VATICAN CITY — The identity of the new pope fuels enormous anticipation, but the next most breathlessly discussed topic here has been when the cardinals will actually get down to choosing him.
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Cardinal Odilo Scherer of Brazil, center, and Cardinal Geraldo Agnelo of Brazil arrived for a meeting in the Synod Hall at the Vatican on Friday.
Examining the Conclave
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The answer is Tuesday. The cardinals, after five days of meetings and plenty of speculation, settled on the date within a half-hour of the start of an afternoon session on Friday. The news was transmitted by an e-mail from the Vatican press office. Cutting their discussions short suggests that they have moved closer to drawing up a list of candidates, or at least the qualities they want in a new pope — a pastoral communicator, a firm administrator, a reformer of the Vatican’s scandal-tainted bureaucracy. But the field remains wide open, with no one considered a heavy favorite. A two-thirds majority, or 77 of the 115 elector cardinals, is required to elect a pope.
Given the record of conclaves in the past 110 years, it is likely that Catholics will have a new pontiff by the end of next week, in plenty of time for the beginning of Easter ceremonies, starting with Palm Sunday on March 24. The longest of those conclaves was in 1903 (ending in the selection of Pius X) and 1922 (Pius XI), each lasting five days. Three lasted two days, including the one that elected Benedict XVI in 2005.
On Tuesday, the cardinals will first attend a special Mass in St. Peter’s Basilica for papal elections, and then in the afternoon they will file into the Sistine Chapel to begin their secret, anonymous balloting. They will hold one round of voting that afternoon and return to cast their ballots again on Wednesday.
The cardinals began meeting on Monday, four days after Benedict XVI left the Vatican forever as pope, the first man to resign the office in nearly 600 years. As part of the rules of papal transition, the cardinals take charge of the church, gather daily to discuss its future and share their hopes and expectations for the next vicar of Christ on earth.
A logistical task comes next: the assigning by lot of rooms for the 115 cardinals at the Vatican’s Santa Marta residence for the duration of the conclave, where they will be denied contact with the outside world. The random assignments ensure a spirit of objectivity, said the Vatican spokesman, the Rev. Federico Lombardi. It ensures that cardinals cannot pick their neighbors, he added.
At their daily briefing on Friday, Vatican press officials showed silent video images of the modest accommodations — a sitting room with a table and facing chairs, a single bed with a wrought-iron headboard, a small television (which will presumably be removed or deactivated), unadorned white walls. The officials also showed images of a luxury suite destined to house the new pope while his apartment in the Apostolic Palace is prepared.
Father Lombardi said that slightly more than 100 of the 150 or so cardinals present had given short speeches about the state of the church and what was needed in the next pope, a subtle form of politicking and auditioning. Another session is scheduled for Saturday.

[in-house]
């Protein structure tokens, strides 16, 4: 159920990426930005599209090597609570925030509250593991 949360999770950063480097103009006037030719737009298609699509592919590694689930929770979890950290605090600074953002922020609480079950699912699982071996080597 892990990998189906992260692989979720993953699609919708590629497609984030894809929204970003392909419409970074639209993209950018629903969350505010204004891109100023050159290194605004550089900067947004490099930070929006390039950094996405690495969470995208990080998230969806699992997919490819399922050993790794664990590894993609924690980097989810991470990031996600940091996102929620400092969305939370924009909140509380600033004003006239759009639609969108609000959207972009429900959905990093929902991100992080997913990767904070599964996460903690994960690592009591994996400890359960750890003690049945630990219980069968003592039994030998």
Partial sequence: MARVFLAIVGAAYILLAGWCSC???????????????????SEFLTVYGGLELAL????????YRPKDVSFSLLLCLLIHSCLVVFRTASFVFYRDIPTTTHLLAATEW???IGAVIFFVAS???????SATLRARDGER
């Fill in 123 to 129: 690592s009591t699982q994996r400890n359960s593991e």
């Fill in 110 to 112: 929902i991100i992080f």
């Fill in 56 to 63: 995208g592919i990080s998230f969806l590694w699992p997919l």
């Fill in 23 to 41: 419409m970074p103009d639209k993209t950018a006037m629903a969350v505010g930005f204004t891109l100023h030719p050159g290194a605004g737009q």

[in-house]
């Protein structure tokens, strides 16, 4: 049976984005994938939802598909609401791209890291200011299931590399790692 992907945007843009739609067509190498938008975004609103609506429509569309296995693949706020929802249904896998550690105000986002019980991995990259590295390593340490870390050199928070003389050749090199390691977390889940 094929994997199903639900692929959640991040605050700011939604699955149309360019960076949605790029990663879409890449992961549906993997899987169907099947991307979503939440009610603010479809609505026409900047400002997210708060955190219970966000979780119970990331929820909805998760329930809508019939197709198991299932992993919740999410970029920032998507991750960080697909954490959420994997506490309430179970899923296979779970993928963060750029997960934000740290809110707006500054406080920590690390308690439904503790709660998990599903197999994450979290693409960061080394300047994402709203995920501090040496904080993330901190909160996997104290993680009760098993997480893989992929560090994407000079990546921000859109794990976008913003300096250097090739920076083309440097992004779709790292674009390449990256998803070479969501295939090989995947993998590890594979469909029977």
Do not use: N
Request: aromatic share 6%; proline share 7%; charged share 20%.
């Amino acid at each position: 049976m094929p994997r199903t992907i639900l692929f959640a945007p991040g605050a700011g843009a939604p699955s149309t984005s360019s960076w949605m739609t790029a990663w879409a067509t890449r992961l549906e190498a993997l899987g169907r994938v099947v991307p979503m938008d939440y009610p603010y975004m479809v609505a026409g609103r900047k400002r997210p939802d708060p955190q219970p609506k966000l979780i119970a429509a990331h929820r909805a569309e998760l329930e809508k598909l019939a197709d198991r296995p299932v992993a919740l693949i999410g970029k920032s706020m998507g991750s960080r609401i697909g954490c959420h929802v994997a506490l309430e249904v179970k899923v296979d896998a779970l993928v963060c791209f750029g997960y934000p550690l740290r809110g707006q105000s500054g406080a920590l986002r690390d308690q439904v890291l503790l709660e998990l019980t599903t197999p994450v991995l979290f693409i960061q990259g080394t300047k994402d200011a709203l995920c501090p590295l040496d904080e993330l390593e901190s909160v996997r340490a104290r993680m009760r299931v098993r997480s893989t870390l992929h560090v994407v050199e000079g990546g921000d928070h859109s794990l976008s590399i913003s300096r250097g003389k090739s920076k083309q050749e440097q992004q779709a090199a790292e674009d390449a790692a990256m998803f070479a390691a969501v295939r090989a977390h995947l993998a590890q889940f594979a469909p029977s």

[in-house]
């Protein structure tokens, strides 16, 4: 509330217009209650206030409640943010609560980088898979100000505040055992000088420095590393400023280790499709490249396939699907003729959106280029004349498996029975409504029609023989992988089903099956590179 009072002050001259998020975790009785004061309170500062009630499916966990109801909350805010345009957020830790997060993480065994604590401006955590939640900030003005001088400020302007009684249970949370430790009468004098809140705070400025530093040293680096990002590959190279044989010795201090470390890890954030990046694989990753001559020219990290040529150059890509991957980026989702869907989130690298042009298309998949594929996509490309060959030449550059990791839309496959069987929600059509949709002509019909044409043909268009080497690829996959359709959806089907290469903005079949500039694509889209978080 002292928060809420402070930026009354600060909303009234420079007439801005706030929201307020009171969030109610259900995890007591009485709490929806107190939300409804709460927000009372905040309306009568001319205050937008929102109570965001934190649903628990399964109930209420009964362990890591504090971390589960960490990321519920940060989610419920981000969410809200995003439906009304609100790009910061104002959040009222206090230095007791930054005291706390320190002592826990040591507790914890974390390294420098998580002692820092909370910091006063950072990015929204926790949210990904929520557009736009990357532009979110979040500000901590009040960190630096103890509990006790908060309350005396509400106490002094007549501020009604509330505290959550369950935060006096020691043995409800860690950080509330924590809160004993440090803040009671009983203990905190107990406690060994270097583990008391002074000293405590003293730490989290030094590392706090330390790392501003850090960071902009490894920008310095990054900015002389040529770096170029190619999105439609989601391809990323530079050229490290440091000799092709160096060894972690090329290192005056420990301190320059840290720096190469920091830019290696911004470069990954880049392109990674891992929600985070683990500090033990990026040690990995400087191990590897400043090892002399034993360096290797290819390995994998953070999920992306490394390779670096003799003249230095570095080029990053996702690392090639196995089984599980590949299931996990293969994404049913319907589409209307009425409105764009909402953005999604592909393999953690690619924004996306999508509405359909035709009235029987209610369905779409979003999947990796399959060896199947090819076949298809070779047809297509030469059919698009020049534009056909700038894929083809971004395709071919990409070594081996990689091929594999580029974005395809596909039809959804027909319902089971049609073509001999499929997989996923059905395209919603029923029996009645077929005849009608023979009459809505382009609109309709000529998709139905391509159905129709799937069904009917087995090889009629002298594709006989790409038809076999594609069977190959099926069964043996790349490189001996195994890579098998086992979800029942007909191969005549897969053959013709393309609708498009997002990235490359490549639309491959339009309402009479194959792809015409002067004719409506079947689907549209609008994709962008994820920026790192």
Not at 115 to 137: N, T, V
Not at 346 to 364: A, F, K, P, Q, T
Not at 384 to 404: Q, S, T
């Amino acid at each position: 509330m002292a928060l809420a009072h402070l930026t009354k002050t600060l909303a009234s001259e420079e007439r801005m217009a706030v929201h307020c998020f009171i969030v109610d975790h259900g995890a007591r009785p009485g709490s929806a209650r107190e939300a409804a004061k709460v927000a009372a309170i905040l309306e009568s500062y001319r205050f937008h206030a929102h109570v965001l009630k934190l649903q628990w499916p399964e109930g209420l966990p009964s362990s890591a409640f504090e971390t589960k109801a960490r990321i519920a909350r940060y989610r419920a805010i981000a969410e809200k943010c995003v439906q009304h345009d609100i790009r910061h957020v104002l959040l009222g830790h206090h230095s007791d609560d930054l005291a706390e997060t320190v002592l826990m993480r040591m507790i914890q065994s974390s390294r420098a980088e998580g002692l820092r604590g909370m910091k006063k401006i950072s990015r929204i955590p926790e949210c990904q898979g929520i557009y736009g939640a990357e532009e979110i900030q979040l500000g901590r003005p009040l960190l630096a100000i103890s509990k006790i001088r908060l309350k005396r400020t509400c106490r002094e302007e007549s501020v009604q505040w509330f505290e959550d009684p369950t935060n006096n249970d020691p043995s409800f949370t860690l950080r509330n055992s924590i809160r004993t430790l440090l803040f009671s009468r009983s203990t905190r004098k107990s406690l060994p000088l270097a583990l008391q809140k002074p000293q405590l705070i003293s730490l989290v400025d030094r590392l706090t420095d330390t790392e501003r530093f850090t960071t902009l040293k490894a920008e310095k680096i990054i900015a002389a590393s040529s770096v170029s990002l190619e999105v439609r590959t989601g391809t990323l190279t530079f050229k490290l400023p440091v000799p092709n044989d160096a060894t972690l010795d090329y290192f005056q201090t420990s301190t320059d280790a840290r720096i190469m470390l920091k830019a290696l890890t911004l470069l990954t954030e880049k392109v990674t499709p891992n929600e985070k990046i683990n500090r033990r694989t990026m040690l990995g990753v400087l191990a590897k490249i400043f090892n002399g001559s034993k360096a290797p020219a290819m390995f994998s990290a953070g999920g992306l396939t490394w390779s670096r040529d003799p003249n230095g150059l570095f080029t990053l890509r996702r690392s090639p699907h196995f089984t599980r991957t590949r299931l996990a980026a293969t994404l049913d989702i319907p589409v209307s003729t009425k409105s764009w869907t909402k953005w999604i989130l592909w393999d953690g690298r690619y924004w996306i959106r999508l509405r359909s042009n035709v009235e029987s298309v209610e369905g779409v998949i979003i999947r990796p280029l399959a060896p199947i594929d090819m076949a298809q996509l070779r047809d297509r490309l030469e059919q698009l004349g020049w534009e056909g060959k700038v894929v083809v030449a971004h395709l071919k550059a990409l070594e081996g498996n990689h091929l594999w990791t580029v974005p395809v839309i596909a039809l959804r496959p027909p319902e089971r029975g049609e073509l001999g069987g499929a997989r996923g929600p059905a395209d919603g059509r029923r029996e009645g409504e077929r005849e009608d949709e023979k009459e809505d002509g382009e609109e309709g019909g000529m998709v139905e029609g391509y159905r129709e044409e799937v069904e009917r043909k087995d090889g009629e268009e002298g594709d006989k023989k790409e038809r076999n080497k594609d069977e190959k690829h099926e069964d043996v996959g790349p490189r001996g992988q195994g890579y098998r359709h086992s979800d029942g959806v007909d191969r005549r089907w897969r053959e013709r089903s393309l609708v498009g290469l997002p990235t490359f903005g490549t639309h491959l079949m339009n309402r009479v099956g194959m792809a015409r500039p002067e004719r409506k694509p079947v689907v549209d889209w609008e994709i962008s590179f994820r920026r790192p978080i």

Vatican analysts and Vaticanisti, those journalists who closely cover the Holy See and papal matters, have offered theories about the significance of the length of the meetings. One view is that Italian cardinals and insiders wanted to move quickly to a conclave to stave off too much scrutiny of the scandals that have washed over the Vatican in recent months. Another is that outsiders and foreign cardinals feel the need to explore questions of corruption and mismanagement more deeply, pushing to extend the talks.
But other factors are at play. The congregation meetings are the last opportunities for cardinals older than 80 — who are not eligible to vote in the conclave — to voice their views publicly about the direction of the church and the kind of pope who should lead it. A more prosaic cause for the timing of the conclave announcement is an interpretation of Vatican rules on declaring a conclave that requires all the elector cardinals to be present to do so. Cardinal Jean-Baptiste Pham Minh Man of Vietnam was the last to arrive on Thursday.
The formal discussions have not been organized according to subject matter. The cardinals speak in the order of their requests.
Normally, the conclave should start 15 to 20 days after the end of a papacy, a period intended to include preparations for a papal funeral and for mourning. But Benedict, in the days before he stepped down, revised the rules to allow an earlier start.
Two of the 117 cardinals under 80 are not attending. They are Cardinal Julius Riyadi Darmaatmadja of Indonesia, who cited ill health, and Britain’s most senior cleric, Cardinal Keith O’Brien, who said he would not be attending after being accused of “inappropriate acts” with priests. He later acknowledged that he had been guilty of sexual misconduct.
On Friday, the cardinals voted to accept the reasons given for the two absences, as they are required to do. The vote was a reminder of the need to choose a pope who is untainted by improprieties. “They’re very concerned about getting somebody clean,” said Robert Mickens, the Vatican correspondent for The Tablet, a London-based Catholic weekly. “The O’Brien scandal is right in their faces.”
This article has been revised to reflect the following correction:
Correction: March 8, 2013
An earlier version of this article misidentified the week in that begins with Palm Sunday, this year on March 24. It is Holy Week, not Easter week. (Easter week is the week that begins with Easter Sunday.)